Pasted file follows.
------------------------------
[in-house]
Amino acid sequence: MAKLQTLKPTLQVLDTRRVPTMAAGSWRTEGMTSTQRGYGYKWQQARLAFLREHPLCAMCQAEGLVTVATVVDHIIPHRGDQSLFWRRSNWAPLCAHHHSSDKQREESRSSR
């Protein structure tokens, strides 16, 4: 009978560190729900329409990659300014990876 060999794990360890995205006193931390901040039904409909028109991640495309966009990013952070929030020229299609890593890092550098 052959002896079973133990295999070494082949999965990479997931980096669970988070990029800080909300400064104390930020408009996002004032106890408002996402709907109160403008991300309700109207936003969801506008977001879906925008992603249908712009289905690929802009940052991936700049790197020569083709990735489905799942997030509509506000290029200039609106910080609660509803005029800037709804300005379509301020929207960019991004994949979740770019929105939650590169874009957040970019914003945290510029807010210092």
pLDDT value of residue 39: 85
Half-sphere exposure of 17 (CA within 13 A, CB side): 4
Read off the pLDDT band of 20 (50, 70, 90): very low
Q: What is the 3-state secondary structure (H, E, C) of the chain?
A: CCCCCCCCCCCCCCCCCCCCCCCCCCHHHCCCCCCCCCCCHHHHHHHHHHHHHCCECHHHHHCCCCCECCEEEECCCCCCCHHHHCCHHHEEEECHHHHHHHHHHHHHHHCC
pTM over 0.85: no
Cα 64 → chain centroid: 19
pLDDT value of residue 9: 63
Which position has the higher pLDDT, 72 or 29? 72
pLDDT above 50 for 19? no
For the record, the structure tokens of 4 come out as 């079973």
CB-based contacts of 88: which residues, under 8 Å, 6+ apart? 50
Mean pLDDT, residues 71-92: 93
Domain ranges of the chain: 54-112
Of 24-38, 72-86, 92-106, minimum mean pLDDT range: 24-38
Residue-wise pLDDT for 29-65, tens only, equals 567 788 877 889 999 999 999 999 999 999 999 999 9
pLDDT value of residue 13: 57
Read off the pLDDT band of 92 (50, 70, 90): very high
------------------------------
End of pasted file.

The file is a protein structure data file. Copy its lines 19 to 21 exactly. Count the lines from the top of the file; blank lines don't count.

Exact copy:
Residue-wise pLDDT for 29-65, tens only, equals 567 788 877 889 999 999 999 999 999 999 999 999 9
pLDDT value of residue 13: 57
Read off the pLDDT band of 92 (50, 70, 90): very high